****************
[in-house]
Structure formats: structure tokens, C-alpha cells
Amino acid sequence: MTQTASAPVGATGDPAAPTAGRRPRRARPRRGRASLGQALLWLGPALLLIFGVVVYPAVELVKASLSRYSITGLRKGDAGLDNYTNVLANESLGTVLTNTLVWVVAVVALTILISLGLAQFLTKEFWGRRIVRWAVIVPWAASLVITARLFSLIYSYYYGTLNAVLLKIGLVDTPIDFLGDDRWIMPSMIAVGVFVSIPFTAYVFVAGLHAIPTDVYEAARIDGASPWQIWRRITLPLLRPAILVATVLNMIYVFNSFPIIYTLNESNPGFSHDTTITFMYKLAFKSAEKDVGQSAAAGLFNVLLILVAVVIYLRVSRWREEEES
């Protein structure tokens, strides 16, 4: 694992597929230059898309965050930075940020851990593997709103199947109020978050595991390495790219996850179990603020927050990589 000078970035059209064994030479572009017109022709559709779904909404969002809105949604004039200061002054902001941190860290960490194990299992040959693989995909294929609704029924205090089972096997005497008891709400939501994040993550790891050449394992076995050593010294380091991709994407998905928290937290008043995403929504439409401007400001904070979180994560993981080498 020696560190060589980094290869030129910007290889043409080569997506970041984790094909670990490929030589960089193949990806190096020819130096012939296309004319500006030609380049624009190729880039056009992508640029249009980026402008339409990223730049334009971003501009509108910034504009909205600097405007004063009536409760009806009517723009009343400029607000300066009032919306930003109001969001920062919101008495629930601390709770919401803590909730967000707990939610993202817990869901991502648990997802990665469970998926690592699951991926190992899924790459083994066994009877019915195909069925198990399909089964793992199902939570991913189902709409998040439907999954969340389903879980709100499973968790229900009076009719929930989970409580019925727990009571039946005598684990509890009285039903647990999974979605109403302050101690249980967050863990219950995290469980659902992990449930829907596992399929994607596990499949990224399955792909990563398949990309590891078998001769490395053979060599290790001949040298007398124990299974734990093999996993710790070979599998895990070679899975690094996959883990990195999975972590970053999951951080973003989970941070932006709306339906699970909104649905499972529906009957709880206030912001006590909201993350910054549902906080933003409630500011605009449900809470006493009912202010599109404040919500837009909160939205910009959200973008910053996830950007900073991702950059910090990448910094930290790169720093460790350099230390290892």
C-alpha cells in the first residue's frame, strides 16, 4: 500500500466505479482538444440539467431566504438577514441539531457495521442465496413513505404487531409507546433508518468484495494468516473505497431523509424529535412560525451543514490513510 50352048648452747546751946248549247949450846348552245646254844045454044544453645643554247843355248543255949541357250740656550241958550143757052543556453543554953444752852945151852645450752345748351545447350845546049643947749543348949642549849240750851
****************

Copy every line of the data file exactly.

[in-house]
Structure formats: structure tokens, C-alpha cells
Amino acid sequence: MTQTASAPVGATGDPAAPTAGRRPRRARPRRGRASLGQALLWLGPALLLIFGVVVYPAVELVKASLSRYSITGLRKGDAGLDNYTNVLANESLGTVLTNTLVWVVAVVALTILISLGLAQFLTKEFWGRRIVRWAVIVPWAASLVITARLFSLIYSYYYGTLNAVLLKIGLVDTPIDFLGDDRWIMPSMIAVGVFVSIPFTAYVFVAGLHAIPTDVYEAARIDGASPWQIWRRITLPLLRPAILVATVLNMIYVFNSFPIIYTLNESNPGFSHDTTITFMYKLAFKSAEKDVGQSAAAGLFNVLLILVAVVIYLRVSRWREEEES
């Protein structure tokens, strides 16, 4: 694992597929230059898309965050930075940020851990593997709103199947109020978050595991390495790219996850179990603020927050990589 000078970035059209064994030479572009017109022709559709779904909404969002809105949604004039200061002054902001941190860290960490194990299992040959693989995909294929609704029924205090089972096997005497008891709400939501994040993550790891050449394992076995050593010294380091991709994407998905928290937290008043995403929504439409401007400001904070979180994560993981080498 020696560190060589980094290869030129910007290889043409080569997506970041984790094909670990490929030589960089193949990806190096020819130096012939296309004319500006030609380049624009190729880039056009992508640029249009980026402008339409990223730049334009971003501009509108910034504009909205600097405007004063009536409760009806009517723009009343400029607000300066009032919306930003109001969001920062919101008495629930601390709770919401803590909730967000707990939610993202817990869901991502648990997802990665469970998926690592699951991926190992899924790459083994066994009877019915195909069925198990399909089964793992199902939570991913189902709409998040439907999954969340389903879980709100499973968790229900009076009719929930989970409580019925727990009571039946005598684990509890009285039903647990999974979605109403302050101690249980967050863990219950995290469980659902992990449930829907596992399929994607596990499949990224399955792909990563398949990309590891078998001769490395053979060599290790001949040298007398124990299974734990093999996993710790070979599998895990070679899975690094996959883990990195999975972590970053999951951080973003989970941070932006709306339906699970909104649905499972529906009957709880206030912001006590909201993350910054549902906080933003409630500011605009449900809470006493009912202010599109404040919500837009909160939205910009959200973008910053996830950007900073991702950059910090990448910094930290790169720093460790350099230390290892």
C-alpha cells in the first residue's frame, strides 16, 4: 500500500466505479482538444440539467431566504438577514441539531457495521442465496413513505404487531409507546433508518468484495494468516473505497431523509424529535412560525451543514490513510 50352048648452747546751946248549247949450846348552245646254844045454044544453645643554247843355248543255949541357250740656550241958550143757052543556453543554953444752852945151852645450752345748351545447350845546049643947749543348949642549849240750851